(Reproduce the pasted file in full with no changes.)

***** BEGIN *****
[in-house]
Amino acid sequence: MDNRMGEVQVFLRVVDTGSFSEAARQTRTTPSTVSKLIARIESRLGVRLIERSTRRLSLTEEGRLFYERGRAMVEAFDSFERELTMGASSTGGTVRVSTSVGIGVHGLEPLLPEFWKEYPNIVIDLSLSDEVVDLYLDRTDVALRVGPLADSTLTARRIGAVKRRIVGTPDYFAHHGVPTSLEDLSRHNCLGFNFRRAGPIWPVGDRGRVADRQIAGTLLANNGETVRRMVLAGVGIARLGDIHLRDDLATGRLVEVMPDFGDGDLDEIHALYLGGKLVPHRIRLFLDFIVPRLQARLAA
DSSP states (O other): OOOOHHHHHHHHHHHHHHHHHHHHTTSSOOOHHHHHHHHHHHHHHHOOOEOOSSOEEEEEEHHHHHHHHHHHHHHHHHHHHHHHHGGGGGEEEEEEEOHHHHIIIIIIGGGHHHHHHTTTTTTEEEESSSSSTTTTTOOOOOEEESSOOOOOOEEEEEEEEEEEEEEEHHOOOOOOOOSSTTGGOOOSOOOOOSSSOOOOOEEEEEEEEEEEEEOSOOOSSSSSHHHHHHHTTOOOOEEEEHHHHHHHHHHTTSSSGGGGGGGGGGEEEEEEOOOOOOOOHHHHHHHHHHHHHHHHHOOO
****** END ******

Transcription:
[in-house]
Amino acid sequence: MDNRMGEVQVFLRVVDTGSFSEAARQTRTTPSTVSKLIARIESRLGVRLIERSTRRLSLTEEGRLFYERGRAMVEAFDSFERELTMGASSTGGTVRVSTSVGIGVHGLEPLLPEFWKEYPNIVIDLSLSDEVVDLYLDRTDVALRVGPLADSTLTARRIGAVKRRIVGTPDYFAHHGVPTSLEDLSRHNCLGFNFRRAGPIWPVGDRGRVADRQIAGTLLANNGETVRRMVLAGVGIARLGDIHLRDDLATGRLVEVMPDFGDGDLDEIHALYLGGKLVPHRIRLFLDFIVPRLQARLAA
DSSP states (O other): OOOOHHHHHHHHHHHHHHHHHHHHTTSSOOOHHHHHHHHHHHHHHHOOOEOOSSOEEEEEEHHHHHHHHHHHHHHHHHHHHHHHHGGGGGEEEEEEEOHHHHIIIIIIGGGHHHHHHTTTTTTEEEESSSSSTTTTTOOOOOEEESSOOOOOOEEEEEEEEEEEEEEEHHOOOOOOOOSSTTGGOOOSOOOOOSSSOOOOOEEEEEEEEEEEEEOSOOOSSSSSHHHHHHHTTOOOOEEEEHHHHHHHHHHTTSSSGGGGGGGGGGEEEEEEOOOOOOOOHHHHHHHHHHHHHHHHHOOO